Bogus Basin began as and remains a community-owned and community-supported mountain that anyone anywhere would love to have in their backyard. Bogus directly and significantly affects our economy and our health. Since 1942, Bogus has had countless contributors and all deserve our thanks. On the list of those deserving our thanks is Mike Shirley. While preparing Bogus for the next 75 years, Mike changed Bogus in many ways, resulting in Bogus becoming a nationally recognized mountain.
Mike, thank you for establishing Bogus as an industry leader by challenging the industry’s conventional pricing model with your highly discounted $199 season pass. Shortly after the first “$199” sale, it became clear that everything had changed. What had started as a way to fill up the mountain and increase total revenue became a legacy of affordability, a legacy that remains today. Thank you for adding three high-speed quads (chair lifts). Thank you for adding a tube park and a Nordic lodge and for making a host of other improvements that collectively doubled the number of smiling faces that make it up to Bogus. Through your tenure as president and general manager, a big day at Bogus became 10,000 skiers, boarders and tubers, all finding the right fit for a great day on the mountain.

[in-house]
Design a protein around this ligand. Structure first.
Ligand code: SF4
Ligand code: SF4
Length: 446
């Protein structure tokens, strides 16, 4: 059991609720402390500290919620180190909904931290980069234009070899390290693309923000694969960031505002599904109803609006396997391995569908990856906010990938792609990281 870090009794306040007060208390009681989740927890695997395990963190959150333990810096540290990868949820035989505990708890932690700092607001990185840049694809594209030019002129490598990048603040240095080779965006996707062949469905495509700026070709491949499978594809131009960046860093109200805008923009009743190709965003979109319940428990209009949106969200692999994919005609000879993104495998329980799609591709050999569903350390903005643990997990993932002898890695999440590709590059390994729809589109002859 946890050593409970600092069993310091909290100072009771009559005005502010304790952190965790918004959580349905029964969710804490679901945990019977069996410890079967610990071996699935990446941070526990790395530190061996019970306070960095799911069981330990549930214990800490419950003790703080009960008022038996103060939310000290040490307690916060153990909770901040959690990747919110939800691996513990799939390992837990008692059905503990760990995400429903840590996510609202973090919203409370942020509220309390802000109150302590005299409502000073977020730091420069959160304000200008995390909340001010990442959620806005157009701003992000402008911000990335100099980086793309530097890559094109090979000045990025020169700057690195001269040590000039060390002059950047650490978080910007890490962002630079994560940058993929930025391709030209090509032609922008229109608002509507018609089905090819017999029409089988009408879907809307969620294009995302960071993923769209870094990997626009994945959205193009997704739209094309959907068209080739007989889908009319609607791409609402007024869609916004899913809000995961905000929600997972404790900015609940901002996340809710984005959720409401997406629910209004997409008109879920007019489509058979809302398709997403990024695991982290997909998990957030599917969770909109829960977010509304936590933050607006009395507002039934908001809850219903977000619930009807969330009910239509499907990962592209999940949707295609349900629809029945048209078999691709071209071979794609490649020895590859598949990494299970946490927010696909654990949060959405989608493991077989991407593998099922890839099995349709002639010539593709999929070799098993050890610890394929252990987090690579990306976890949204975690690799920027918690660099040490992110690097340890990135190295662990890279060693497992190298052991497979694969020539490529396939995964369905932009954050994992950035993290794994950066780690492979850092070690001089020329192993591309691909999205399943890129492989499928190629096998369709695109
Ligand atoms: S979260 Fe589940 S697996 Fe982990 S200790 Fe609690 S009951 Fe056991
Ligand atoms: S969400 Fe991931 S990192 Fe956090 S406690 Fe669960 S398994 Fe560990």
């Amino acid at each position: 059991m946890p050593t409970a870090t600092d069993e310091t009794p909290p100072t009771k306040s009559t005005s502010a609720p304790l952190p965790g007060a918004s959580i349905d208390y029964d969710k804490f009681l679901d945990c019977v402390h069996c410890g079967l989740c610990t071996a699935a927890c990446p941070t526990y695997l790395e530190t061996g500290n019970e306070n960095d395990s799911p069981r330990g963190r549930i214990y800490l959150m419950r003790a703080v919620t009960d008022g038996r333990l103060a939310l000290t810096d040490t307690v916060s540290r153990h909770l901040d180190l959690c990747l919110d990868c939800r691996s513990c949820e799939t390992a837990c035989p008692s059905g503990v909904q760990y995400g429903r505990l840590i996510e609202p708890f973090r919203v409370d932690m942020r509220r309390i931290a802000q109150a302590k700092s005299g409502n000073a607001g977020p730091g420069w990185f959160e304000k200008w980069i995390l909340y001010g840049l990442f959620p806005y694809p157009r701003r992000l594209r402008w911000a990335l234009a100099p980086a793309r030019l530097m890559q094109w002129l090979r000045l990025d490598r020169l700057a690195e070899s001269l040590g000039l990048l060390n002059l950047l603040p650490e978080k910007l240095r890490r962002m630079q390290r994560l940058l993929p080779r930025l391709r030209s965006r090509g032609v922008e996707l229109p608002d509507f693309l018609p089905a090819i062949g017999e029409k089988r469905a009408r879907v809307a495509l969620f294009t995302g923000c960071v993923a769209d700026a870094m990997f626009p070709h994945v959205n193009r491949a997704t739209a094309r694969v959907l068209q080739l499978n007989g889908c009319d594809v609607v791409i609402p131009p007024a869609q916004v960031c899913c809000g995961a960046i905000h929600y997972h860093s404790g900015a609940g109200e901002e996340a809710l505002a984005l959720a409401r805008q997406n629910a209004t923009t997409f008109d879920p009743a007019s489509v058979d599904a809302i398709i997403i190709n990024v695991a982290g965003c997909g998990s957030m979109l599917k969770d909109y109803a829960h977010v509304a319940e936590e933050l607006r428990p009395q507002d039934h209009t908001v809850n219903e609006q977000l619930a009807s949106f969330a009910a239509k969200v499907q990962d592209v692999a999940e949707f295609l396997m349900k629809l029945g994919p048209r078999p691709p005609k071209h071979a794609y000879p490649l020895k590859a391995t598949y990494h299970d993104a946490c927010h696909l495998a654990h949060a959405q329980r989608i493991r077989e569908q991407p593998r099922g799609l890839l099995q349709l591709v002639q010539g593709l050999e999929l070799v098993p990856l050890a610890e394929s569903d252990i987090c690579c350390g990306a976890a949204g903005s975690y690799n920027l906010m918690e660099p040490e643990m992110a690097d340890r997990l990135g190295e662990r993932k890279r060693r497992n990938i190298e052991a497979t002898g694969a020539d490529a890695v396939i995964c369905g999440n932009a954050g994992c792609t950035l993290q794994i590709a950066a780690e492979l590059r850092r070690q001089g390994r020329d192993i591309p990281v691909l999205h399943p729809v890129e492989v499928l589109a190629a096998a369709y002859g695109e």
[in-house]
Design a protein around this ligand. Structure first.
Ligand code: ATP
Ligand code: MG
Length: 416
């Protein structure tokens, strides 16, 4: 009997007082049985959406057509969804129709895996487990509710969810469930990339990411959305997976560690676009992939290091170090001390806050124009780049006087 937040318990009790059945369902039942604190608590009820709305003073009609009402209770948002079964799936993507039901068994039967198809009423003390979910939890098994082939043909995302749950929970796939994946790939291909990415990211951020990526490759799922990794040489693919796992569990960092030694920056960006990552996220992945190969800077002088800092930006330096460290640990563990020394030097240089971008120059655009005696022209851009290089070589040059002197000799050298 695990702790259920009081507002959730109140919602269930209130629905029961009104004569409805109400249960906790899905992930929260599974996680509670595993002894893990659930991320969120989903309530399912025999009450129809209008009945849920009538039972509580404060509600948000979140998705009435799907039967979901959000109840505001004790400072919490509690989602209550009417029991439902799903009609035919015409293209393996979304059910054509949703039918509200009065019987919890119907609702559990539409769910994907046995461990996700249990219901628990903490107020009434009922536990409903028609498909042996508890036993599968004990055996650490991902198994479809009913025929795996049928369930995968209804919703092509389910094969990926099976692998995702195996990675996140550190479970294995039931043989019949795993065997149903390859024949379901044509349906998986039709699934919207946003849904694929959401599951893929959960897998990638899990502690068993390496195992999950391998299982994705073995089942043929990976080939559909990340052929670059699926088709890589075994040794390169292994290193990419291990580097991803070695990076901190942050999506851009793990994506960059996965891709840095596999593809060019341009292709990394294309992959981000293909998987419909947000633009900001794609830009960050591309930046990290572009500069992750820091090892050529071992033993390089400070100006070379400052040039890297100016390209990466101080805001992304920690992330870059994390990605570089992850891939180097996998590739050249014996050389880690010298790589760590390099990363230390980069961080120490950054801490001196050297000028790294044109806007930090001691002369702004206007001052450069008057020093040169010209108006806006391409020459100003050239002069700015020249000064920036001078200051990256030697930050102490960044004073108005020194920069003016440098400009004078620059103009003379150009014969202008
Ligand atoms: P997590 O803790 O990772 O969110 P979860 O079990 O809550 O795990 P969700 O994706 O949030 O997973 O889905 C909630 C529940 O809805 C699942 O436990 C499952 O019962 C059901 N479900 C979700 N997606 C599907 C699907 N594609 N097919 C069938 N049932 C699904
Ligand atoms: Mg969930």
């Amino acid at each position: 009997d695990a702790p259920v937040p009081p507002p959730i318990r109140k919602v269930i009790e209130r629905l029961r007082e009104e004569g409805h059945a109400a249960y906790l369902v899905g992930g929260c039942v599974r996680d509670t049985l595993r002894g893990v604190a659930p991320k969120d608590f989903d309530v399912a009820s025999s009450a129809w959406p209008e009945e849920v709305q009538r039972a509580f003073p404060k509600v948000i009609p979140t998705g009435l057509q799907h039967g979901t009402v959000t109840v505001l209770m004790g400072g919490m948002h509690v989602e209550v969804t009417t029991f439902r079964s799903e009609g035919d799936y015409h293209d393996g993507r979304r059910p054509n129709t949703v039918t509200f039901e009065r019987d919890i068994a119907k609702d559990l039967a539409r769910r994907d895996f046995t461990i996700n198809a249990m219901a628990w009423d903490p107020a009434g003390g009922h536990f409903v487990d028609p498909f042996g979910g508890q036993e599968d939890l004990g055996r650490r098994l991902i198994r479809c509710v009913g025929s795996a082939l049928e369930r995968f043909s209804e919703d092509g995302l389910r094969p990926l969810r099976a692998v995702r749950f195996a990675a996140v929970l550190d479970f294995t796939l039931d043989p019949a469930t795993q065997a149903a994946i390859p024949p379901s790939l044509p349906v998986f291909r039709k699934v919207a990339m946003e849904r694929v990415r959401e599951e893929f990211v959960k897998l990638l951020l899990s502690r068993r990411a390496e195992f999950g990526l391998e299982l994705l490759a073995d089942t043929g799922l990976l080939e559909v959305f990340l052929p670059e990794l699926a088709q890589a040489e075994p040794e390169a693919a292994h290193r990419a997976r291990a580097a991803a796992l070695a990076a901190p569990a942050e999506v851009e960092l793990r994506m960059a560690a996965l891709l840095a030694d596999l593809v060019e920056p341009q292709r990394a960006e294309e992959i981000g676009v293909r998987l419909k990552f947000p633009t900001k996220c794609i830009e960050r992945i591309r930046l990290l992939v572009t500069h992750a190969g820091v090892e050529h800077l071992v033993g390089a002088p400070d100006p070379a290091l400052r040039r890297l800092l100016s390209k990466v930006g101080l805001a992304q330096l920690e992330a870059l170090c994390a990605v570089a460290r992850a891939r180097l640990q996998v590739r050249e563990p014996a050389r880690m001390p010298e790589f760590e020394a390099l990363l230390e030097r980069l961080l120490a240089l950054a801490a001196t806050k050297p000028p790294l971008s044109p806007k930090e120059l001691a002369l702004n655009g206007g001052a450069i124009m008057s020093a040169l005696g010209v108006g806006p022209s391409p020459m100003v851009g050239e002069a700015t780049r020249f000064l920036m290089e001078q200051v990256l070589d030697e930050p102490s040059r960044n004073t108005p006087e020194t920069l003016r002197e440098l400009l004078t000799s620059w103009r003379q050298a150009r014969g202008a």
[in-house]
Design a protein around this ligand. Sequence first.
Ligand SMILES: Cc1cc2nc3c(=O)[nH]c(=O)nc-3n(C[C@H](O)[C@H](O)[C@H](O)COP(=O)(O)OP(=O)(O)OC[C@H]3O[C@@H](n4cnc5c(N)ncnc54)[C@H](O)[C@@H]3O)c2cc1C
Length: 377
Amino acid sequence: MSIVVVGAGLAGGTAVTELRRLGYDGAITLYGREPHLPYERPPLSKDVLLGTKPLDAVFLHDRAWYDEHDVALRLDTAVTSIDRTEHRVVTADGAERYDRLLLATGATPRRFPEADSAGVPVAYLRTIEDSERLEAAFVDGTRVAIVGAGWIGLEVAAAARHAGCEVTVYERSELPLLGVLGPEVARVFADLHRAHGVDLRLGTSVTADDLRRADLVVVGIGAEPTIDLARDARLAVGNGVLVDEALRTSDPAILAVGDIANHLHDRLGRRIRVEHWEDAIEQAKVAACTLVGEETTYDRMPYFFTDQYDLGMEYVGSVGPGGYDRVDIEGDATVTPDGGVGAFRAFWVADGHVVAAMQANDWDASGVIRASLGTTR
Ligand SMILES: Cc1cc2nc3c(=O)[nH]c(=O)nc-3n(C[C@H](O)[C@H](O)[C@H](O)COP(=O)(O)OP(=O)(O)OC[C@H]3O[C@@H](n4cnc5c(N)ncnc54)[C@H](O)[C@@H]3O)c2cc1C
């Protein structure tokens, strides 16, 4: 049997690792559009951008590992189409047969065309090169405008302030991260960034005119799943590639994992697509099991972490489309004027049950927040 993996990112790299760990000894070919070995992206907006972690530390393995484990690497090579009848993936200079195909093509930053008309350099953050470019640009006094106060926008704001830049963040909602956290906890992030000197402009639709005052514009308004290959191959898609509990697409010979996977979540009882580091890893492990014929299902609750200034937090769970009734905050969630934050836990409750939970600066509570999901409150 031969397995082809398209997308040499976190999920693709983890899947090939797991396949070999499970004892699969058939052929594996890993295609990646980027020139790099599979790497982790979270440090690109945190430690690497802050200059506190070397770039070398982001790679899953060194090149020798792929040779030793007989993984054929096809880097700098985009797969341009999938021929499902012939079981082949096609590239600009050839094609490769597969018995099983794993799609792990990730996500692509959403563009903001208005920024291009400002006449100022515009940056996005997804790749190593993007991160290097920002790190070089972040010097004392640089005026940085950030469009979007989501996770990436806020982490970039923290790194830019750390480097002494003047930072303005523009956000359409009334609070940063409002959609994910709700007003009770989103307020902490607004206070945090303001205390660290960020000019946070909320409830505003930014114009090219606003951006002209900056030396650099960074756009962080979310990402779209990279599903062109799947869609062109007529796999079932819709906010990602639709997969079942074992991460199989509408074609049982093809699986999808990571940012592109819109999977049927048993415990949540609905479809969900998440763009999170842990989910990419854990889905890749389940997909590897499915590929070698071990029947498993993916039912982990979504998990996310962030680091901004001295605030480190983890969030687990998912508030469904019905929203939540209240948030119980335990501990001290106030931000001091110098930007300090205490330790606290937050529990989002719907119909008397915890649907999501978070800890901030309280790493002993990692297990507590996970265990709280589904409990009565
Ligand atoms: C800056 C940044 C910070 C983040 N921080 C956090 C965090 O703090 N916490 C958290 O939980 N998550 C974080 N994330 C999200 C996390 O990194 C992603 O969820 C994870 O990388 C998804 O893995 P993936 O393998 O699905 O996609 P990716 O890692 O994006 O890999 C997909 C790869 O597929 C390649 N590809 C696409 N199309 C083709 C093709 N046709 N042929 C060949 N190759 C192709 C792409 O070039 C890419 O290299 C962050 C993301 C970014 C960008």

Your $199 season pass strategy not only improved Bogus but improved the entire ski industry by demonstrating convincingly that a ski area could increase total revenue by discounting prices. And, as we all know, the $199 season pass doubled revenue at Bogus, creating an entirely new demographic group of mountain recreation seekers. The $199 pricing became a win-win-win because Bogus ended up with more total revenue, the number of skiers increased dramatically, and everyone had more money left over for a world famous Bogus Burger and maybe a cold one.
Adding three high-speed quads was a huge deal. In general terms, a high-speed quad moves twice as many people twice as fast as a fixed-grip double. Some of us still remember the 45-minute lift lines of the ’70s and ’80s. In those days, liftees had to get really, really good at coming up with games to play (like Trivial Pursuit) while taming long lift lines. With high-speed quads, a long lift line became about eight minutes. Quads also allowed skiers and boarders to get all the sliding they wanted in about half the time because they weren’t spending nearly as much time in lift lines or on the lifts.
Never miss a local story.
Our community has much to celebrate and be thankful for with 75 years of mountain recreation at Bogus. Thanks to Mike Shirley Mike for everything he did for Bogus and our community. For certain, the mountain’s 75th anniversary celebration has much brighter lights because of him.
Alan Moore worked for Mike Shirley when Mike was the vice president of finance and administration at Morrison-Knudsen and happily again at Bogus Basin.